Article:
Measuring Nurse Practitioner Productivity

Jacqueline Rhoads; Laurie Anne Ferguson; Cynthia A. Langford


Dermatology Nursing. 2006;18(1):32-38. 

In This Article

Abstract and Introduction

As the role of the nurse practitioner (NP) evolves, the need to demonstrate productivity becomes more important. Productivity data provides NPs with practice statistics to generate business or use in contract negotiations with potential clients such as employers, managed care organizations, and insurance companies. However, beyond the numbers of patients seen per day or amount of reimbursement a provider brings to the practice, NPs may provide additional benefit that is not captured with physician productivity measures. Information to acquaint NPs with key aspects of recording productivity and ways NPs can organize productivity data within their practice to determine worth of service are presented.

Over the years the nurse practitioner (NP) role has evolved into an impressive dimension focused on providing quality care to the community served. This focus includes the tasks of teacher, researcher, consultant, mentor and coach, leader, and ethical decision maker. It involves practice in a variety of acute and chronic care sites such as hospitals, clinics, and private offices. The care the NP provides includes information on health maintenance and disease prevention, counseling, and patient education.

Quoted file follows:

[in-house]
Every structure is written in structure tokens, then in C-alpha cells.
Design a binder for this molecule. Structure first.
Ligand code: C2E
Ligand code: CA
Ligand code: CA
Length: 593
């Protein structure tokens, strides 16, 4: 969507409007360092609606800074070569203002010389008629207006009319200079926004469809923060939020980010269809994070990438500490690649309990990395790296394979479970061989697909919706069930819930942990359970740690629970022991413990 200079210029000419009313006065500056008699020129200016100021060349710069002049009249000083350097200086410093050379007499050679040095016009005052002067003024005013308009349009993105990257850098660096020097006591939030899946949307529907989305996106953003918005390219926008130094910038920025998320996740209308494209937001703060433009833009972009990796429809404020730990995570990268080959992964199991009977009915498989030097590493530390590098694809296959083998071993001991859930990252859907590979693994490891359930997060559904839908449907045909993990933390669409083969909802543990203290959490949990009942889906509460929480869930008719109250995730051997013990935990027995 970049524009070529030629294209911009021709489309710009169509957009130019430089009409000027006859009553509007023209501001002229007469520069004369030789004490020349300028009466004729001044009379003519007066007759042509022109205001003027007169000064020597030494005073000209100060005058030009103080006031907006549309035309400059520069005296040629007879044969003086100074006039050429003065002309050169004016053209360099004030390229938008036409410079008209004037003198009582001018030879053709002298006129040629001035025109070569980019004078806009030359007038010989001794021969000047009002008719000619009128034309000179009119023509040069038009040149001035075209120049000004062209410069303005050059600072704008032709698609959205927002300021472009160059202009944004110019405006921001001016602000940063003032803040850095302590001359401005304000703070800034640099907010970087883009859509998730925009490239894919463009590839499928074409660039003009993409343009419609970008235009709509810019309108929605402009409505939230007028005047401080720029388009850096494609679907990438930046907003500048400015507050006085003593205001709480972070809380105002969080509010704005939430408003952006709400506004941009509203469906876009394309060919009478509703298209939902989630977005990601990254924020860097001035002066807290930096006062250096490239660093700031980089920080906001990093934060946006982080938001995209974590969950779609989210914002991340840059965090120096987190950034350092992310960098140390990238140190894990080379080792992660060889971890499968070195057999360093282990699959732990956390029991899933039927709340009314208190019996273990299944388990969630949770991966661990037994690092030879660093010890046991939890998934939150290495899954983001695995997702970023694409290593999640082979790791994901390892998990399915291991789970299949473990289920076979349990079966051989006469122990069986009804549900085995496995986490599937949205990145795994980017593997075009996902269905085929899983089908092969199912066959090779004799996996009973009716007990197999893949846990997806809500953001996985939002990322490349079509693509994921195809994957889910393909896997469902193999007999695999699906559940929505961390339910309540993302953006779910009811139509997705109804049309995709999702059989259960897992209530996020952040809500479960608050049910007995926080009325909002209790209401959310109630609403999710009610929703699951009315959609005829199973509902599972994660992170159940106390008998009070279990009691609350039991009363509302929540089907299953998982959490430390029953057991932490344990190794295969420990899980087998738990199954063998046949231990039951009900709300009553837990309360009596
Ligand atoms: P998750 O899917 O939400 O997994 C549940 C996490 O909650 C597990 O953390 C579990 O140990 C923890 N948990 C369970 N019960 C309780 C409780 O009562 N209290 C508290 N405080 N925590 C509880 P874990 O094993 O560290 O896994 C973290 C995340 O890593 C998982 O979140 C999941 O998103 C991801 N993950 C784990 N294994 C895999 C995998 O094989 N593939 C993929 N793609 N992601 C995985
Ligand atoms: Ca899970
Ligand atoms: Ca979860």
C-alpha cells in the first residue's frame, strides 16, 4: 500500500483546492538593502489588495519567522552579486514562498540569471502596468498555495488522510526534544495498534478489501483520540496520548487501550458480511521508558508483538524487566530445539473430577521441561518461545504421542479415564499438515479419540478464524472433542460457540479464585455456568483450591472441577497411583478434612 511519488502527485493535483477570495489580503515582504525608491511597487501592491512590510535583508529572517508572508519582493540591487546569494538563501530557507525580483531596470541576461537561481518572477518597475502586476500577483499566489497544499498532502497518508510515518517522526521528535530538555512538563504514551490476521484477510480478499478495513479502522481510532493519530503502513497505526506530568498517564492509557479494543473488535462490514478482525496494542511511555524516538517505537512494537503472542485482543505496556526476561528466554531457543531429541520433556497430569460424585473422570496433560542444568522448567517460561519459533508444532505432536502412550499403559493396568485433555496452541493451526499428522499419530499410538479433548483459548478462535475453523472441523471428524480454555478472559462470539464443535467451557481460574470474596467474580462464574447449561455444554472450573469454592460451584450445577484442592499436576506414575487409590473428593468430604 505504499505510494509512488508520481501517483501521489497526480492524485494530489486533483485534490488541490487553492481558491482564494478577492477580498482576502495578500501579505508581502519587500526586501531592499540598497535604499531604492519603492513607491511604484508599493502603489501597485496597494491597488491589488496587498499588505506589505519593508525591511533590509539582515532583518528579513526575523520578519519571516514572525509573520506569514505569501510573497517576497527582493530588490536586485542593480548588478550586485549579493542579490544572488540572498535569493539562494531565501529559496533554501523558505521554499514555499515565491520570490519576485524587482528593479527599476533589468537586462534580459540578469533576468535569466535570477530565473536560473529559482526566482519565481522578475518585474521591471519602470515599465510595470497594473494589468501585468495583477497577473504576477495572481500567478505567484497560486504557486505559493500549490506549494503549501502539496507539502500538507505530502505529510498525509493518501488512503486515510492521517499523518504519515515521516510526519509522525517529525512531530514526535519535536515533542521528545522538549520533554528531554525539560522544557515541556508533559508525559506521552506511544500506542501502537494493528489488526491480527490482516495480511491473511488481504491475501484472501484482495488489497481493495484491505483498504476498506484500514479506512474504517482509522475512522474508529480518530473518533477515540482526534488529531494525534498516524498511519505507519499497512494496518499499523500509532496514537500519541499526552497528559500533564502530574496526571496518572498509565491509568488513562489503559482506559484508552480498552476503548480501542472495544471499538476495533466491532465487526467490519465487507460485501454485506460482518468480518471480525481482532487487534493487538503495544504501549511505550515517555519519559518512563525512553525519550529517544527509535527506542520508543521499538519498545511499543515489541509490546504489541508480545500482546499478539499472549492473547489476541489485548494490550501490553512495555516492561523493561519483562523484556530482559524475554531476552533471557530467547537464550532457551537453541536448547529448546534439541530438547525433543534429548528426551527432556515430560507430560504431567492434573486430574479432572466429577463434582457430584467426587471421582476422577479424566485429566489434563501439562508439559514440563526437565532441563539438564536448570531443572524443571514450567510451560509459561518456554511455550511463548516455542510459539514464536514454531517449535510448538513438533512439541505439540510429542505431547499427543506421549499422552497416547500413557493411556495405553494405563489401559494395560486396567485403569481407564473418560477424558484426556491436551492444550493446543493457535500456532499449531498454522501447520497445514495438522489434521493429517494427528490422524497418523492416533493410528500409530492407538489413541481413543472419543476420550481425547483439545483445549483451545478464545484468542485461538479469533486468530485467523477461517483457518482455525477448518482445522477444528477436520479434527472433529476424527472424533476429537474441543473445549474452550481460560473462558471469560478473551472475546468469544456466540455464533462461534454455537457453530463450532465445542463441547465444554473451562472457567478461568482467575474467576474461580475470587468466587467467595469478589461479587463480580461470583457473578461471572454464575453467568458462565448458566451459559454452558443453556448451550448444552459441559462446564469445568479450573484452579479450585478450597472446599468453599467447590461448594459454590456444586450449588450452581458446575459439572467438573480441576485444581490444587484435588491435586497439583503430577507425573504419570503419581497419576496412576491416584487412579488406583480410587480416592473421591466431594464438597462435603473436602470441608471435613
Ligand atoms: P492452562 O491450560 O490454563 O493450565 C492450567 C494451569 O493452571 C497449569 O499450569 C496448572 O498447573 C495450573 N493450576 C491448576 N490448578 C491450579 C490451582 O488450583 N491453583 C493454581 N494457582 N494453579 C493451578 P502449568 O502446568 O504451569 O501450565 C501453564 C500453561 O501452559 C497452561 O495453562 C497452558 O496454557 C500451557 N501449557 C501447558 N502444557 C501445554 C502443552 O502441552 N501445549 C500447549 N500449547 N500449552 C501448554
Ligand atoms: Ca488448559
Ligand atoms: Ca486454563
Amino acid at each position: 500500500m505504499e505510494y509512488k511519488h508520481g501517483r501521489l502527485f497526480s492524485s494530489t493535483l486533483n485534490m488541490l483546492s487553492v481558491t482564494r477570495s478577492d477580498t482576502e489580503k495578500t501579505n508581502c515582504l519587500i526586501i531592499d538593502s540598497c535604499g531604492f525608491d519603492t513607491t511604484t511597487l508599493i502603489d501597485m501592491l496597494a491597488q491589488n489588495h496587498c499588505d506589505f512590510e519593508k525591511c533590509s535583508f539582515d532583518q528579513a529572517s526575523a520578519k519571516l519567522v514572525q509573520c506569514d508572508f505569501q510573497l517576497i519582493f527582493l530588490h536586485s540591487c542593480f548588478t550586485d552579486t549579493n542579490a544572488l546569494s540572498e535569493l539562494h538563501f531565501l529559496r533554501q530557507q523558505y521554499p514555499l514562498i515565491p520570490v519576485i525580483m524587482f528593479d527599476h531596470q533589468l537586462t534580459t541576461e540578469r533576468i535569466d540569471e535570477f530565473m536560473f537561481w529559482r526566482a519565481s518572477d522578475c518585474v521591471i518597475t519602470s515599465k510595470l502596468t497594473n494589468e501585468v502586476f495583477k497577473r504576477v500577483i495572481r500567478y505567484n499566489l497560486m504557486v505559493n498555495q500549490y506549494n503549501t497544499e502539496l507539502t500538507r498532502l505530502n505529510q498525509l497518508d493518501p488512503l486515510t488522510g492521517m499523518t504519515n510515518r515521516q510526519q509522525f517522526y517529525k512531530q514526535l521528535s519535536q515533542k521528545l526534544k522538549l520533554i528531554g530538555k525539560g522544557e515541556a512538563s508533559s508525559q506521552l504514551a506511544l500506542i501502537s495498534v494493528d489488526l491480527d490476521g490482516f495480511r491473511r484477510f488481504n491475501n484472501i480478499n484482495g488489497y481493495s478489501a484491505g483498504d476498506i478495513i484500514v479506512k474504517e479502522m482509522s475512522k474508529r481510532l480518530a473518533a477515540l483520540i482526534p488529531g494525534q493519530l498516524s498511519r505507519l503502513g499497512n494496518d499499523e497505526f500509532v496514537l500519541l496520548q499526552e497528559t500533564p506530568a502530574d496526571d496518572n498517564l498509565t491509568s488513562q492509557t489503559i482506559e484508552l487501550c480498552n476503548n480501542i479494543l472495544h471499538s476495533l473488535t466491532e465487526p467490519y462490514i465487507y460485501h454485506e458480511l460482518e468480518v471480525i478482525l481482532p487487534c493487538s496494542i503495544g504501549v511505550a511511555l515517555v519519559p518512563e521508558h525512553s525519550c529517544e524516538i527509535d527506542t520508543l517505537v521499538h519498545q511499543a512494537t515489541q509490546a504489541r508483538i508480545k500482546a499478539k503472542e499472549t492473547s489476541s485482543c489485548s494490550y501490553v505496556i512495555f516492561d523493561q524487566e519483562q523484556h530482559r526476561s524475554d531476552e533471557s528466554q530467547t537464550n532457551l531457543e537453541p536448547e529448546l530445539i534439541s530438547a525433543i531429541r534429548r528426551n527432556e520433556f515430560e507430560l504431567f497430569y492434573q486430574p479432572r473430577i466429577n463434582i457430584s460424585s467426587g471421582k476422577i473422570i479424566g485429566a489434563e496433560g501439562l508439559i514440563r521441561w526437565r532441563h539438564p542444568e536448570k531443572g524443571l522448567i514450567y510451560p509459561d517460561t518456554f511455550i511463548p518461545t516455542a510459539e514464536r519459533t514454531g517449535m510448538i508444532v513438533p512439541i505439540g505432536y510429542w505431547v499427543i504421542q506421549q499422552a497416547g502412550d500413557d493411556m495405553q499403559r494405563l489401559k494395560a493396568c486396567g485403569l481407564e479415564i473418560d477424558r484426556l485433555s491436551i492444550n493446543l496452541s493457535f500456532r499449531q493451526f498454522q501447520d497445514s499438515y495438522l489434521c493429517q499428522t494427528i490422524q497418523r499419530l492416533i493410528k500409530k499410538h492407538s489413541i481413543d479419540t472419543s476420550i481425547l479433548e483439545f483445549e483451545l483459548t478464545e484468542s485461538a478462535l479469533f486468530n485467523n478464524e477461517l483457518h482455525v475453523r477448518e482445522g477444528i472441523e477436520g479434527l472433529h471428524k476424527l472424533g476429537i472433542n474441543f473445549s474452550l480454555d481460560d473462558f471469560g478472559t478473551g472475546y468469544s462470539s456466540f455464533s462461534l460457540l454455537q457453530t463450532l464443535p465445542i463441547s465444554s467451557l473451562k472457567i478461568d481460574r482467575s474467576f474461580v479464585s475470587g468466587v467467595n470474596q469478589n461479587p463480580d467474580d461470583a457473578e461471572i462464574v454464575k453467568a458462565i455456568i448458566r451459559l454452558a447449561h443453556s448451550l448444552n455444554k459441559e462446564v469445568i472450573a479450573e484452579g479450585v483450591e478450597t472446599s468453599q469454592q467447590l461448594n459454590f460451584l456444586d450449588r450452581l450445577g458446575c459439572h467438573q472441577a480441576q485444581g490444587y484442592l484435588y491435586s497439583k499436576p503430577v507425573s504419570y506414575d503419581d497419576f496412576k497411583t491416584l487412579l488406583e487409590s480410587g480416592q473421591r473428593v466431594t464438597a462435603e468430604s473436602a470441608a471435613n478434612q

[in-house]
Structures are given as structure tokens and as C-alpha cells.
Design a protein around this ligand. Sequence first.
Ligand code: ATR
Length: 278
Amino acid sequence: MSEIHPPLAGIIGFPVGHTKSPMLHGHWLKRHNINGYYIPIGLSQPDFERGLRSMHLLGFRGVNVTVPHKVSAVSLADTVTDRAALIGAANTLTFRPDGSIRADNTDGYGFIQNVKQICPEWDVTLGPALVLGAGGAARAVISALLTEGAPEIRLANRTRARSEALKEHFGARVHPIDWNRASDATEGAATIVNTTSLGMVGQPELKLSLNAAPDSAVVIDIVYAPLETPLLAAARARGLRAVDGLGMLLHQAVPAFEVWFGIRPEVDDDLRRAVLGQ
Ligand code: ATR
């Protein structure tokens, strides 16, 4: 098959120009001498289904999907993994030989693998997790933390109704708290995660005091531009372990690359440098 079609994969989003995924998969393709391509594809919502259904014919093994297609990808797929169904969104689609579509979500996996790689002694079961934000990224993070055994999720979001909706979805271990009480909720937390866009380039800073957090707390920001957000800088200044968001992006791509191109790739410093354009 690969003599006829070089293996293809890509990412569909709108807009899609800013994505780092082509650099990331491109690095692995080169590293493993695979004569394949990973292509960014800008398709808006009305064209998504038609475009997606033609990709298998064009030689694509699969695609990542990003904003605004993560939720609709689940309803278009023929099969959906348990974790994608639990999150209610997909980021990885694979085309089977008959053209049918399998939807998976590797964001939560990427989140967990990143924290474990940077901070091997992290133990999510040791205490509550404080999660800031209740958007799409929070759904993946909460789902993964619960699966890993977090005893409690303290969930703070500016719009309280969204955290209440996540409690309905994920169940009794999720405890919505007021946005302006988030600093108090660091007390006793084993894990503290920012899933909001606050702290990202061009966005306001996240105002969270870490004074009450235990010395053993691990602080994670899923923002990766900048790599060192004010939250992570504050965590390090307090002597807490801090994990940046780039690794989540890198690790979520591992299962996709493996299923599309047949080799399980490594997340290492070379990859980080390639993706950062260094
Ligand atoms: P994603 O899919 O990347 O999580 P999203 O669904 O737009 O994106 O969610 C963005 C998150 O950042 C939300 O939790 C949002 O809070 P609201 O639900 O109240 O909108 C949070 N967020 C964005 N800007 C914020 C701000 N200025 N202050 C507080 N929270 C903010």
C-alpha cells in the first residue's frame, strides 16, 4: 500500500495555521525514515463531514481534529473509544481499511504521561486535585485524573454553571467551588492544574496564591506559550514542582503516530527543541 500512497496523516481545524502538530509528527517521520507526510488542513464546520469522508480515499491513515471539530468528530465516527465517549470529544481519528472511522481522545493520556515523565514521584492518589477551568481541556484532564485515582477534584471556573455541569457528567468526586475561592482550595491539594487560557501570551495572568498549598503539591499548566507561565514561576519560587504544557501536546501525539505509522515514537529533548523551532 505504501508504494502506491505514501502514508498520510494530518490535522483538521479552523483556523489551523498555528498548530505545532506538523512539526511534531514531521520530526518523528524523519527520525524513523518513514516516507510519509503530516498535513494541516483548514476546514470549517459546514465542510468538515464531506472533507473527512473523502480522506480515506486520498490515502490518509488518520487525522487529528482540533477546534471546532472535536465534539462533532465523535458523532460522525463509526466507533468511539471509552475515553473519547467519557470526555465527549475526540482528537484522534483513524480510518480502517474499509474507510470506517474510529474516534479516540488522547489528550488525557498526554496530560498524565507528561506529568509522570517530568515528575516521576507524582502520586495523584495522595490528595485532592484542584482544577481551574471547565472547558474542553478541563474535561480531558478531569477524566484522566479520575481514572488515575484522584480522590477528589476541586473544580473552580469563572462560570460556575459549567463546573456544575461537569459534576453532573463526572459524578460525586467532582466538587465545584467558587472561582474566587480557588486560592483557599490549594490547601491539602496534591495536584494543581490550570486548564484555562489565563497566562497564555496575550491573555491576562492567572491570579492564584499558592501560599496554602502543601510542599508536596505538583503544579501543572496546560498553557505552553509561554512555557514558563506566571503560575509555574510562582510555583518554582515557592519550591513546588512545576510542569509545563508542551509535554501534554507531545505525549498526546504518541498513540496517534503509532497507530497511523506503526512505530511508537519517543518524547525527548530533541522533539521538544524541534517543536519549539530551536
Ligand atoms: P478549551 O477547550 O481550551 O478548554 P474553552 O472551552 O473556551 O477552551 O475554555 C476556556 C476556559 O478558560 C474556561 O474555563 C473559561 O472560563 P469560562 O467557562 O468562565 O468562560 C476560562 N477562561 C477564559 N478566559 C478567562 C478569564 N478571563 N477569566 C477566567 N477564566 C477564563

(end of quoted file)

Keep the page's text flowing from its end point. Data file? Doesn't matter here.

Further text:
As the role of the NP evolves, the need to demonstrate productivity also becomes more important. Twenty years ago research measurement focused on public safety and quality of care. Today measurement of productivity is important in determining the worth or value of NP practice. Further, productivity measures are used to monitor individual performance, create incentive plans, compare departmental contributions within institutions, and monitor resources needed for patient care (Johnson & Newton, 2002). Industries outside of health care have long recognized the vital importance of productivity measurement on its enterprise. They believe that enhanced productivity improves the business enterprise's opportunity to create wealth for its workforce (Proctor, 2005). But very little information has been published related to ways NPs can measure productivity and efficiency.